Plug-In Hybrids: Tailpipes vs. Smokestacks
Plug-in hybrids may one day constitute a majority of the cars on U.S. roads. Like today’s hybrids, they have both a gasoline engine and an electric-drive motor whose batteries can be recharged by the engine. But they can also be recharged at a standard wall socket. Given that they’ll raise electricity demand and increase power-plant emissions, will they really reduce overall greenhouse-gas production? It turns out that plug-ins always result in lower emissions than conventional cars do, and they beat regular hybrids handily–except when the electricity comes from coal (the source of 43 percent of U.S. electricity), according to a study. But as gasoline comes from dirtier oil sources, such as tar sands, plug-ins may win even when powered indirectly by coal, one study author says.
Infographic by Tommy McCall
1. Incomplete data. 2. Partial-year sales figures. *Median projection
Sources: Comparisons and projections: Electric Power Research Institute
and Natural Resources Defense Council (www.epri-reports.org) ;
Hybrid sales figures: Electric Drive Transportation Association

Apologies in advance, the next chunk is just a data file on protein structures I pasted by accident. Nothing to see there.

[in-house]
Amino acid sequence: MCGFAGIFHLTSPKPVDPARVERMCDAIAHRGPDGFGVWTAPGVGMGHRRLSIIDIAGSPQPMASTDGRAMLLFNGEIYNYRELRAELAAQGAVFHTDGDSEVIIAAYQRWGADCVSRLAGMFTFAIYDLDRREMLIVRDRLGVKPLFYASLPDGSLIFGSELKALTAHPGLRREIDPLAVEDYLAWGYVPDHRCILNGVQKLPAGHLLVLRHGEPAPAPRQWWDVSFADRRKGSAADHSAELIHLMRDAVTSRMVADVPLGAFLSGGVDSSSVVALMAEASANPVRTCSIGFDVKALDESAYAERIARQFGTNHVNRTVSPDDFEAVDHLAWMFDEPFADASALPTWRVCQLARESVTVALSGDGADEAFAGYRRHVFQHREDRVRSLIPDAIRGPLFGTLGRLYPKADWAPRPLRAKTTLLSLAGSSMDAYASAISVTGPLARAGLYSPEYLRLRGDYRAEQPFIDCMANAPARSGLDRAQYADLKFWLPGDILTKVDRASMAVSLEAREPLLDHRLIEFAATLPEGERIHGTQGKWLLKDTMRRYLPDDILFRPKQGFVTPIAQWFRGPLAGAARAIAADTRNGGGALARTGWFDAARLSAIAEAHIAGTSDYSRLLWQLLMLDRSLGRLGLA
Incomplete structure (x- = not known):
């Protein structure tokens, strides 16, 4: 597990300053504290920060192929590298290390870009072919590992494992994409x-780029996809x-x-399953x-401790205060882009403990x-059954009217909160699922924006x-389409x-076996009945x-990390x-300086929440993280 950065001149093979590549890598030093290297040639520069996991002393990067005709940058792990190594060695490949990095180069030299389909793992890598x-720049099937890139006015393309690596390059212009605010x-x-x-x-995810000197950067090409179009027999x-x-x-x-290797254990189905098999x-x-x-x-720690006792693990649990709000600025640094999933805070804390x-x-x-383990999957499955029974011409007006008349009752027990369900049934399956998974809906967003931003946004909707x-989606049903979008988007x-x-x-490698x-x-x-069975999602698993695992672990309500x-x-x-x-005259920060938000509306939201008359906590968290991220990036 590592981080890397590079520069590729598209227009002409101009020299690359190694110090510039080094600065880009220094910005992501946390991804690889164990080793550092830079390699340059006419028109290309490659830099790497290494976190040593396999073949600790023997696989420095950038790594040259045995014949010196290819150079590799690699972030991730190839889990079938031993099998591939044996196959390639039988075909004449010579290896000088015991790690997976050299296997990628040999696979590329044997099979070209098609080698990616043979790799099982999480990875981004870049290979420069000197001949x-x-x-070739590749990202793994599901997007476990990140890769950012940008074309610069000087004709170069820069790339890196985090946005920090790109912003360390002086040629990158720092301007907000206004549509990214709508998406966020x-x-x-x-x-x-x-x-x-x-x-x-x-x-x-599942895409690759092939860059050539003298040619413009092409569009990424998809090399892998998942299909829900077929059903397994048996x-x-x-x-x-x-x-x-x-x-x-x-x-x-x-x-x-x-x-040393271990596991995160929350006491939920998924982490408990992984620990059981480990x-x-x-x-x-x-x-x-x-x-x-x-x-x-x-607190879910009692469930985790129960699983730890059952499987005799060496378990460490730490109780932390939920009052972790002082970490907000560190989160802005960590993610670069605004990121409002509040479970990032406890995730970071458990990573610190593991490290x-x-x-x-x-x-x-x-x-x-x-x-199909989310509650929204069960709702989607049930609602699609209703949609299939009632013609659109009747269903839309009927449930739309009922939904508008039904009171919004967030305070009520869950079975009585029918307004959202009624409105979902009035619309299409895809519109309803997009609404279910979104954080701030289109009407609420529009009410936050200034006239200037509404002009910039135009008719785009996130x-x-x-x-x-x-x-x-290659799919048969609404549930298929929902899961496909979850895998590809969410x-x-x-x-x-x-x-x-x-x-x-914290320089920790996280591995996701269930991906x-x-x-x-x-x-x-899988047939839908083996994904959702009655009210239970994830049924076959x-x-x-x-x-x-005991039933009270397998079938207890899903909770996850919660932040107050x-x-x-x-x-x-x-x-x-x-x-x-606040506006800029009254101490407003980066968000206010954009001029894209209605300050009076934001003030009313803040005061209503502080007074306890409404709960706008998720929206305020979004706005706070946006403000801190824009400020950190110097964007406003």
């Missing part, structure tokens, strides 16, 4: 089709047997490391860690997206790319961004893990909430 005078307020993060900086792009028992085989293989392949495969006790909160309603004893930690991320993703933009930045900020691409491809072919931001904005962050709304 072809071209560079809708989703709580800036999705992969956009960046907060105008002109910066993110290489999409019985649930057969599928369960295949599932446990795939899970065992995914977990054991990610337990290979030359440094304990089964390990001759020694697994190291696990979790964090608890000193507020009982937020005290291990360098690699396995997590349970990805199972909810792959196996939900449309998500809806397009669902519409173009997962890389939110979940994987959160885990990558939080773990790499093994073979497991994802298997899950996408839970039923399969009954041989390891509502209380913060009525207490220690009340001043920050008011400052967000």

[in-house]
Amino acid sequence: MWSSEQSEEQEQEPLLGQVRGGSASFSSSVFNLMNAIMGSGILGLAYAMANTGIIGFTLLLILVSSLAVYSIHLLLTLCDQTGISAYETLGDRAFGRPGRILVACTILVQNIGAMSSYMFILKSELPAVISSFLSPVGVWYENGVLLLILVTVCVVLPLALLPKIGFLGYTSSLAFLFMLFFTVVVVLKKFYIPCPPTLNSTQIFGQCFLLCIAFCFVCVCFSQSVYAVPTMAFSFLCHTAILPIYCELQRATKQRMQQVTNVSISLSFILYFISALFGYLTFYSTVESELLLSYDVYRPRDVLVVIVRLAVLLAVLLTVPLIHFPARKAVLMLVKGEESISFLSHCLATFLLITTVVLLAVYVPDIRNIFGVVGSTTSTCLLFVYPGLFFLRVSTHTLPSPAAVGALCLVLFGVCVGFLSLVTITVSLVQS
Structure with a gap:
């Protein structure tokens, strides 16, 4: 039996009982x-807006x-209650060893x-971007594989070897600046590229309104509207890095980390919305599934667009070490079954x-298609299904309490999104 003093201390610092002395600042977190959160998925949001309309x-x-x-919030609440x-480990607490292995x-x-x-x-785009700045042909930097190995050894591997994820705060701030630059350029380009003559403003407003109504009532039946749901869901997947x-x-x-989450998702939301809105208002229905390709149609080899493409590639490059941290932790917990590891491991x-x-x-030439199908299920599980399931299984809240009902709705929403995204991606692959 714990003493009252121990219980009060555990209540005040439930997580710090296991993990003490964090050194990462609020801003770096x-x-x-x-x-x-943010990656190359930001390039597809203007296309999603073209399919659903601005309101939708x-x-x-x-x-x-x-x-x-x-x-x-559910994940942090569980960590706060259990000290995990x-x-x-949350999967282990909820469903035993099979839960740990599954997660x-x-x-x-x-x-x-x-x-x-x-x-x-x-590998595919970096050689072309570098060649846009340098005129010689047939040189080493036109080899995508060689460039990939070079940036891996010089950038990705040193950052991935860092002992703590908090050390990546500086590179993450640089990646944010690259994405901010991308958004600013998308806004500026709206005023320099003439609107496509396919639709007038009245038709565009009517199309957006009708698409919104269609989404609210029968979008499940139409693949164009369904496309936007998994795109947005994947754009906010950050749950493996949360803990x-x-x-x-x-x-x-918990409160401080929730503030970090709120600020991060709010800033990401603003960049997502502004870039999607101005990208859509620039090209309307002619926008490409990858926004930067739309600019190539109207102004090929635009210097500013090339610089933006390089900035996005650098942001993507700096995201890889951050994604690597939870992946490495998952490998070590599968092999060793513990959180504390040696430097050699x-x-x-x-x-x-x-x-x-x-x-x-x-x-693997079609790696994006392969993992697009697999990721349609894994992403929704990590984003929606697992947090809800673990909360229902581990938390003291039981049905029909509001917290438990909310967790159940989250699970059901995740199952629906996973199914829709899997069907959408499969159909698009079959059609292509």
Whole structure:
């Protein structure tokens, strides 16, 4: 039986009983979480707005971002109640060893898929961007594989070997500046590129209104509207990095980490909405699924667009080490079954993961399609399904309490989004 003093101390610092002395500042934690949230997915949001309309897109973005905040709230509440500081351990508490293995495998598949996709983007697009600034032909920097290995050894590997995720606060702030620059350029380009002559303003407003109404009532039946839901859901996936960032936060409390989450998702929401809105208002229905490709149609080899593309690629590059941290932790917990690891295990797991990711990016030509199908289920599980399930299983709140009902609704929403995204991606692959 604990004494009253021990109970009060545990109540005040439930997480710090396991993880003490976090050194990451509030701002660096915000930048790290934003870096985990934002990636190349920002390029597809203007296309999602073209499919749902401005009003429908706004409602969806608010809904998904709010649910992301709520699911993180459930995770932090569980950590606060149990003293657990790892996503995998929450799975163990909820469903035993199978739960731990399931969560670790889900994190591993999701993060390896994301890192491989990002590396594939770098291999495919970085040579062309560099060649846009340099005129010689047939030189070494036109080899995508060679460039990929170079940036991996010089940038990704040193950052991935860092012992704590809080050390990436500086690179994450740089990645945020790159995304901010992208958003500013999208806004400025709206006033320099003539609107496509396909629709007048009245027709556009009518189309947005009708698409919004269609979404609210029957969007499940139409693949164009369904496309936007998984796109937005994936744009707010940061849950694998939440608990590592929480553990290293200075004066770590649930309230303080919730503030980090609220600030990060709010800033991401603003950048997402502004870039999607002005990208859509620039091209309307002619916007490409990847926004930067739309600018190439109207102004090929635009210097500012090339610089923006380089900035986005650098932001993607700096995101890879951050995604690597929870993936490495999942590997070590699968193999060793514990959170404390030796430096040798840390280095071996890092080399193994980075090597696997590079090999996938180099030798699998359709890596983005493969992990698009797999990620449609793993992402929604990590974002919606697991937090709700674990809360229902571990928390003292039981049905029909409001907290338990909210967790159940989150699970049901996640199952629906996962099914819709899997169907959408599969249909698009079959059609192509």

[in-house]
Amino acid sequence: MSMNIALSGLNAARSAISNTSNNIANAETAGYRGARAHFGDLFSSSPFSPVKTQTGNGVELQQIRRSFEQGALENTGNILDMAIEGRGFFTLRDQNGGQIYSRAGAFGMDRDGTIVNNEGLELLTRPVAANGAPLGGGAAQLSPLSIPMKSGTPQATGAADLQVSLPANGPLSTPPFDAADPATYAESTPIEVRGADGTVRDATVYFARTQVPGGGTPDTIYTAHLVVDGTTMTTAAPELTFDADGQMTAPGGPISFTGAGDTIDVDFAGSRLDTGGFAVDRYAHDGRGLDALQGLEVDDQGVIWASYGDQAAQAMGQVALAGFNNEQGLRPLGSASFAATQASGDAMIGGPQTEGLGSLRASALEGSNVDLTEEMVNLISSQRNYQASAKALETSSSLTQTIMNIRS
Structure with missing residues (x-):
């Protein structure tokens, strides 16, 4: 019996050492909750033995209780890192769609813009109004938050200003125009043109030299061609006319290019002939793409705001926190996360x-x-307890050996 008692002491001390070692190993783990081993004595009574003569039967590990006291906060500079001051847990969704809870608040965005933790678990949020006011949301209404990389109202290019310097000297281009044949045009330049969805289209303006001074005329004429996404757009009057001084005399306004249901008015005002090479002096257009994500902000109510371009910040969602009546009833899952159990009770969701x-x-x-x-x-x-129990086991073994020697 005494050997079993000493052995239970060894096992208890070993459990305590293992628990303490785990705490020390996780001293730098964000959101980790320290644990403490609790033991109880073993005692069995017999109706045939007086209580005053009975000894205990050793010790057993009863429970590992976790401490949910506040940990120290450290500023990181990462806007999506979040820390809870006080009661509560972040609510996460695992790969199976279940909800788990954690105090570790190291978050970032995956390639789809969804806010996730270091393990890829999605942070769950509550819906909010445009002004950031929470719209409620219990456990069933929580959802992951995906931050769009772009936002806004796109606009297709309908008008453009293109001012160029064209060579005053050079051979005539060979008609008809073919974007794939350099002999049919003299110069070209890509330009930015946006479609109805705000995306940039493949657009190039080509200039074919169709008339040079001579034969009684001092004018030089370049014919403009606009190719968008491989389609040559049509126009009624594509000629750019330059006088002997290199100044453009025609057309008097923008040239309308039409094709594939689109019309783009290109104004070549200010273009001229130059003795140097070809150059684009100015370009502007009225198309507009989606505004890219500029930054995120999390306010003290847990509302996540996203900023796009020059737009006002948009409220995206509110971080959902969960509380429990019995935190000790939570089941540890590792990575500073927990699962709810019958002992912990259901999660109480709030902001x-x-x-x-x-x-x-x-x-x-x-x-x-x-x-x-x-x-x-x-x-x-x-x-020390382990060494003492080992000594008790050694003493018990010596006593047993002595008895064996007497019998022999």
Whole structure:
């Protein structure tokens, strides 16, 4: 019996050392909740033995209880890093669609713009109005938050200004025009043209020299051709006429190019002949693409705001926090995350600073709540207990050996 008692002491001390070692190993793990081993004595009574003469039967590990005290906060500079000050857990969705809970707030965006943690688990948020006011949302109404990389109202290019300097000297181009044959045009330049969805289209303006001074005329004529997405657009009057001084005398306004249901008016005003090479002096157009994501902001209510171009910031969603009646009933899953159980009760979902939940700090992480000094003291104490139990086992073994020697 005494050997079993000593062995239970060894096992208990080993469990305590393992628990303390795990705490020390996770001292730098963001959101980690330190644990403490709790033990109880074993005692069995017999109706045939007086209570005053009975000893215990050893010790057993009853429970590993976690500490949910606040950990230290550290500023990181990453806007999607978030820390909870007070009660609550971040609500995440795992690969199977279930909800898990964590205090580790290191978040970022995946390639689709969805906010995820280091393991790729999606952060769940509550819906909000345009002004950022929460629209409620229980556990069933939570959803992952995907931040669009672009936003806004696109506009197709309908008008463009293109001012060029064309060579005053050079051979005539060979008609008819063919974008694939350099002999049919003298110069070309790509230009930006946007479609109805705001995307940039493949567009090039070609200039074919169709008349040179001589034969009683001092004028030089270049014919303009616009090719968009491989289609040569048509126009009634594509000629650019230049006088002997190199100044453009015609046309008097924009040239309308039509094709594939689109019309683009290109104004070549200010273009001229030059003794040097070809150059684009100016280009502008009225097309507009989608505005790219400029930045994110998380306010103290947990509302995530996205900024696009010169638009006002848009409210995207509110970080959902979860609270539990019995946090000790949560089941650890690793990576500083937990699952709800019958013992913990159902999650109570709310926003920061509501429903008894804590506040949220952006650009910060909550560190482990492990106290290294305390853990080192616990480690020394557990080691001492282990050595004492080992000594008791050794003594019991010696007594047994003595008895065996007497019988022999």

The inside story of how ChatGPT was built from the people who made it
Exclusive conversations that take us behind the scenes of a cultural phenomenon.
How Rust went from a side project to the world’s most-loved programming language
For decades, coders wrote critical systems in C and C++. Now they turn to Rust.
Design thinking was supposed to fix the world. Where did it go wrong?
An approach that promised to democratize design may have done the opposite.
Sam Altman invested $180 million into a company trying to delay death
Can anti-aging breakthroughs add 10 healthy years to the human life span? The CEO of OpenAI is paying to find out.
Get the latest updates from
MIT Technology Review
Discover special offers, top stories, upcoming events, and more.